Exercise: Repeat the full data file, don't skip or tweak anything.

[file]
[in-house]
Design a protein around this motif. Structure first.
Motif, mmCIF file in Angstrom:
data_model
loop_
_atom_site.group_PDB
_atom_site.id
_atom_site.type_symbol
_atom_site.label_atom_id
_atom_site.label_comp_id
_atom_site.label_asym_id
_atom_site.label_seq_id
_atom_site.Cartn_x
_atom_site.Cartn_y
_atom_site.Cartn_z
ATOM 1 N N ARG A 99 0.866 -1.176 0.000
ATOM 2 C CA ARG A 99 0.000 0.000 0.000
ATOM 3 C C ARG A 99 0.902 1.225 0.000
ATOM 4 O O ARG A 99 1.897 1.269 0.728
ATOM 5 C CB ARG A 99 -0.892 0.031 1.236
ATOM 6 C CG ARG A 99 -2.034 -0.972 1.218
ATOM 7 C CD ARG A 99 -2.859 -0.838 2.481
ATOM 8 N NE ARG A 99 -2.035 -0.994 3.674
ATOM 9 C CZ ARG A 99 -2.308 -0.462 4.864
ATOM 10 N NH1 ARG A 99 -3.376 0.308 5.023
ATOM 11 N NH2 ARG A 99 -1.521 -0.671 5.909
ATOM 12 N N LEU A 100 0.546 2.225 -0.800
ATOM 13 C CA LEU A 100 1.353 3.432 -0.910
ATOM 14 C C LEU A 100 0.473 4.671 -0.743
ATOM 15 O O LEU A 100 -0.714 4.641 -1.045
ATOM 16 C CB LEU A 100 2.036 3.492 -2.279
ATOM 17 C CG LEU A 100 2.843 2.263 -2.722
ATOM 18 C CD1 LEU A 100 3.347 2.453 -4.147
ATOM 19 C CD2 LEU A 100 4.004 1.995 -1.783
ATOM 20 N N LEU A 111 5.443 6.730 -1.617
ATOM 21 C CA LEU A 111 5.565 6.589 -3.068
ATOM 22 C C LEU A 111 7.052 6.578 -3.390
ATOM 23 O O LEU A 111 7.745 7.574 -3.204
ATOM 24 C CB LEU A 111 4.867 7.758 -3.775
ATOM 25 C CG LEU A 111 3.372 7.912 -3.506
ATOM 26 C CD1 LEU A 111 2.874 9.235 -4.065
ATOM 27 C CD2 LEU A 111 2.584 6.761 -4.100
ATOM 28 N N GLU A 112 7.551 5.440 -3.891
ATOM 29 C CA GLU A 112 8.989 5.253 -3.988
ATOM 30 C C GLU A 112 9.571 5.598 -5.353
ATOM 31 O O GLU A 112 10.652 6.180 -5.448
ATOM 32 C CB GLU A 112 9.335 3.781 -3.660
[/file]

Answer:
[in-house]
Design a protein around this motif. Structure first.
Motif, mmCIF file in Angstrom:
data_model
loop_
_atom_site.group_PDB
_atom_site.id
_atom_site.type_symbol
_atom_site.label_atom_id
_atom_site.label_comp_id
_atom_site.label_asym_id
_atom_site.label_seq_id
_atom_site.Cartn_x
_atom_site.Cartn_y
_atom_site.Cartn_z
ATOM 1 N N ARG A 99 0.866 -1.176 0.000
ATOM 2 C CA ARG A 99 0.000 0.000 0.000
ATOM 3 C C ARG A 99 0.902 1.225 0.000
ATOM 4 O O ARG A 99 1.897 1.269 0.728
ATOM 5 C CB ARG A 99 -0.892 0.031 1.236
ATOM 6 C CG ARG A 99 -2.034 -0.972 1.218
ATOM 7 C CD ARG A 99 -2.859 -0.838 2.481
ATOM 8 N NE ARG A 99 -2.035 -0.994 3.674
ATOM 9 C CZ ARG A 99 -2.308 -0.462 4.864
ATOM 10 N NH1 ARG A 99 -3.376 0.308 5.023
ATOM 11 N NH2 ARG A 99 -1.521 -0.671 5.909
ATOM 12 N N LEU A 100 0.546 2.225 -0.800
ATOM 13 C CA LEU A 100 1.353 3.432 -0.910
ATOM 14 C C LEU A 100 0.473 4.671 -0.743
ATOM 15 O O LEU A 100 -0.714 4.641 -1.045
ATOM 16 C CB LEU A 100 2.036 3.492 -2.279
ATOM 17 C CG LEU A 100 2.843 2.263 -2.722
ATOM 18 C CD1 LEU A 100 3.347 2.453 -4.147
ATOM 19 C CD2 LEU A 100 4.004 1.995 -1.783
ATOM 20 N N LEU A 111 5.443 6.730 -1.617
ATOM 21 C CA LEU A 111 5.565 6.589 -3.068
ATOM 22 C C LEU A 111 7.052 6.578 -3.390
ATOM 23 O O LEU A 111 7.745 7.574 -3.204
ATOM 24 C CB LEU A 111 4.867 7.758 -3.775
ATOM 25 C CG LEU A 111 3.372 7.912 -3.506
ATOM 26 C CD1 LEU A 111 2.874 9.235 -4.065
ATOM 27 C CD2 LEU A 111 2.584 6.761 -4.100
ATOM 28 N N GLU A 112 7.551 5.440 -3.891
ATOM 29 C CA GLU A 112 8.989 5.253 -3.988
ATOM 30 C C GLU A 112 9.571 5.598 -5.353
ATOM 31 O O GLU A 112 10.652 6.180 -5.448
ATOM 32 C CB GLU A 112 9.335 3.781 -3.660